We meet Dr. James Connors when he is in his sixties. He’s been at the same hospital for nearly thirty years. Always the professional, James’ motto is “care for patients without caring”. In other words, don’t get attached. This rule has served him well in his time as a surgeon, but he finds himself very deeply vested in a puzzling case involving a twenty year old girl, Hailey. He finds himself drawn to her because of her similarities to his niece. James and Hailey become closer throughout the course of the story, which culminates in her diagnosis (a rare disease with no cure), and leaves James to pick up the pieces and attempt to move on with his broken life.

“Thank you, Allyn,” says Will. “Thanks to you, too, Doctor Connors. And thank you, my beautiful audience. Remember, authors – if your characters would like to appear on the show, simply follow the guidelines provided in this post, and we’ll get them on the schedule. ‘Til next time, lovelies: Scarlet out!”

“Eulogy” or “Love Letter to a Dead Dog Walking”

I begged for you for years. Actually, I begged for any dog for years. For a while, there, I begged for a beagle, until I was told that they howled and dug up the yard. Then, towards the end, I begged for a Shetland sheepdog; a little girl, to be named Daisy. At the last, it came down to three (all Shelties): A Philly; a Molly; and you.

I watched them bring you into the foster house from outdoors, you surrounded by a canine sea of frisky little noisemakers. Small as you are, you loomed over them, shy and silent. You sat quiet as we petted you, and followed meekly as we led you out for an experimental walk. Out of the three, you were the only one who didn’t bark and jump and terrify my sister. You were ours.

It seemed stressful for you, your first arrival at your new house. Not as stressful as the obedience classes, of course; all those bothersome dogs with no sense of personal space, one of whom drove you to your first and only growl. But you pushed through and graduated, then promptly eschewed every useless thing you’d half-learned out of your head. You really are a Shipley.

You used to leap at squirrels, until you got tired of never getting farther than the leash. You used to hop onto the couch and hope we somehow wouldn’t notice. You used to rear up with delight at the thought of a treat, and lean back into a stretch with a yawning sound of excitement. But almost never a bark.

We supposed barking had been beaten out of you by your previous owners – apparently with a camera, since any attempt to capture your image had you heading for the hills. A good decade together, and we’ve got only a handful of photos, the best of them taken lately, with you too blind to tell what we were up to.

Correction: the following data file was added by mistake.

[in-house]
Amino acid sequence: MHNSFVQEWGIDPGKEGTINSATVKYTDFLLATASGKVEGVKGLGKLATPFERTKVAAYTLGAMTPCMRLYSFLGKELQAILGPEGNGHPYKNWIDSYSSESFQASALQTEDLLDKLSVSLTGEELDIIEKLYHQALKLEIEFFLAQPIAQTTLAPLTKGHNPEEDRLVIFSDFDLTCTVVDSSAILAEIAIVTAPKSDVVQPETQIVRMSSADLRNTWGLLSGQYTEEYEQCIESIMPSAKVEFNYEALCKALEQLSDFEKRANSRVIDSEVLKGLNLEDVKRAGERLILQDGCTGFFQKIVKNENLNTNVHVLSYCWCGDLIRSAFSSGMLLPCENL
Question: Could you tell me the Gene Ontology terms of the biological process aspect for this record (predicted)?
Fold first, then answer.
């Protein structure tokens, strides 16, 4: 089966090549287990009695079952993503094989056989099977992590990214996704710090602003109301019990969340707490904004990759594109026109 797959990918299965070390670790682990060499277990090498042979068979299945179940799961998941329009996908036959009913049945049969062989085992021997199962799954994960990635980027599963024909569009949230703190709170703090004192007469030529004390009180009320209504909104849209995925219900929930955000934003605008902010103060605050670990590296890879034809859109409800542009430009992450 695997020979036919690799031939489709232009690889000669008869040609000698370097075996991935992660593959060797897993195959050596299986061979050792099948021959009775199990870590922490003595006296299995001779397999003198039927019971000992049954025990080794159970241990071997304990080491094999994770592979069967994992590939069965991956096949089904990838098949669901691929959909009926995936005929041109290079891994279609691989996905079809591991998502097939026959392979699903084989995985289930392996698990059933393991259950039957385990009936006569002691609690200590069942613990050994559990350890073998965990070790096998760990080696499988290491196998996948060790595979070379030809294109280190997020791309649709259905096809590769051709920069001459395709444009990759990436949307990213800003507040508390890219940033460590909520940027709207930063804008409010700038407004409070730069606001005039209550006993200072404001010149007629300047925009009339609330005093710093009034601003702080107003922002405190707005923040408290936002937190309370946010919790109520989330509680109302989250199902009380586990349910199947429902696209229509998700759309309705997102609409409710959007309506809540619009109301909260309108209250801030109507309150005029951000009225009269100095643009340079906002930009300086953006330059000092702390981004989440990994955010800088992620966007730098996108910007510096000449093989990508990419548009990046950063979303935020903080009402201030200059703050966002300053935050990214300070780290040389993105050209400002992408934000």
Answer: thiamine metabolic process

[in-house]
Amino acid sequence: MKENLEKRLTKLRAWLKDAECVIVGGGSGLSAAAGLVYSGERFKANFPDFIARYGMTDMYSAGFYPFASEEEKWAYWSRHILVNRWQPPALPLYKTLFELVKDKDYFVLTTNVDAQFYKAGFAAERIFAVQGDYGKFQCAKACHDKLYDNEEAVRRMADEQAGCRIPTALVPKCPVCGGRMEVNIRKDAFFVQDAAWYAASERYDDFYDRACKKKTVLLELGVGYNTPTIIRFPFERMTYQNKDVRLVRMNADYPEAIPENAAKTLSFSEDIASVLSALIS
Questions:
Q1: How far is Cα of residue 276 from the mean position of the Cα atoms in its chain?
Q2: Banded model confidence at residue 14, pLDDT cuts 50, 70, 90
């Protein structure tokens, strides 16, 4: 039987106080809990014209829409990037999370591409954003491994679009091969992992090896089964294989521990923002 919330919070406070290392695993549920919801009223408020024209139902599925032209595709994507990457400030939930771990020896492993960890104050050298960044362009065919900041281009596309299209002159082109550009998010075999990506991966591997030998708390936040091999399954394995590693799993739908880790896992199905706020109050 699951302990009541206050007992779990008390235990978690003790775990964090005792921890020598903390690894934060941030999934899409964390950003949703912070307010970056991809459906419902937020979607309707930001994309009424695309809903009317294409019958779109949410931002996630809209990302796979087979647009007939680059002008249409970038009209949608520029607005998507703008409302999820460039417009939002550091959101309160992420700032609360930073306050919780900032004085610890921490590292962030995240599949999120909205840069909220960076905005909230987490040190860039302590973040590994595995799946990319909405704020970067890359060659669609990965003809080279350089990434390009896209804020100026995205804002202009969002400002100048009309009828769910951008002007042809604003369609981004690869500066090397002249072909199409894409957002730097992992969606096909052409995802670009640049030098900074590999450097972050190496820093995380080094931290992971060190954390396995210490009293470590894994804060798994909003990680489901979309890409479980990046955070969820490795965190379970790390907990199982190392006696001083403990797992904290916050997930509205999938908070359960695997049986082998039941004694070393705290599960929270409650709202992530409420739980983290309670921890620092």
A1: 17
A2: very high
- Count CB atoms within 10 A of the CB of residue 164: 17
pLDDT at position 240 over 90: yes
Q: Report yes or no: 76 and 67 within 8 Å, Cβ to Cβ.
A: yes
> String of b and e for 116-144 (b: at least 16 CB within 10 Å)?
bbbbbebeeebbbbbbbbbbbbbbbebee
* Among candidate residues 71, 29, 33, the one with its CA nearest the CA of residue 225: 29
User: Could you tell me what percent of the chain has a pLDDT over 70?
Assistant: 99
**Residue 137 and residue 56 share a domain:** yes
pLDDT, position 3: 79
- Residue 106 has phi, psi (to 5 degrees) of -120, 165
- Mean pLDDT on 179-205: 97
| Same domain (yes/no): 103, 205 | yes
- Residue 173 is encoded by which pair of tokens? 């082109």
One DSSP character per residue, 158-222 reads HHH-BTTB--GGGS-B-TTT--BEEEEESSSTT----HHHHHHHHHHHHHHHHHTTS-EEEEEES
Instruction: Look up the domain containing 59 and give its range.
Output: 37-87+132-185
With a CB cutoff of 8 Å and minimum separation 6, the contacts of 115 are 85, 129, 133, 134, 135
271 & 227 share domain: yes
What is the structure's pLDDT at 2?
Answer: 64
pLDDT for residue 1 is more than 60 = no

You can’t seem to see much of anything, now. Or hear. Or stand on our slippery wooden floors, never mind take the stairs like you used to. What is there left for you to do, now that your dog years stack up past a hundred? Not much, except that one last act, and you refuse to do that easy – out of stubbornness, I swear it. Such a Shipley.

All those times you got underfoot and tripped us up… All those times you left a puddle or a pile or got sick… All those times you wandered in confusion from the driveway and I had to hunt you down and bring you back… I won’t miss those times; the times that made me grumblingly wonder when you’d hurry up and die.

I will miss those times you’d sit there and smile at us. Those disgusted looks you gave us that expressed so much, clear as speaking. That way you always seemed to know exactly what we were saying about you, and snort with appropriate derision. You and your opinions; no wonder your articles were the popular ones in our family newsletter.

I didn’t want this to be my decision. I wanted to leave it up to somebody else, or just let you live until you didn’t. Who am I to make the call on when you go?

But I’m afraid for you, puppy.

That night I awoke to a sound I blearily thought was my sister singing in her sleep. But no, it was coming from downstairs, and down I went, and there you were, sprawled on the floor, unable to rise, struggling and whining in distress. I helped you back onto the carpet, and tried to calm you; and then, for some while, I stood back and watched you, feeling for the first time that aching, miserable fear that you were in too bad a way to live.

That day I was in the basement, and watched in helpless horror as you tumbled down to the stairs’ first landing, and from there to the bottom, fallen to that godforsaken space between the steps and some piece of plumbing. I thought that would be the end, right there, but I pulled you out and took you up and you were absolutely fine. It’s like you can’t even die on your own power; not quickly, anyway.

I can’t bear the thought of finding you, someday, caught and strangled somewhere after who knows how many hours of torture, or drowned in your water dish because you couldn’t raise your head, or… well, if you were going to get run over in the street, I’m sure it would have happened before now. But you get what I’m saying, right?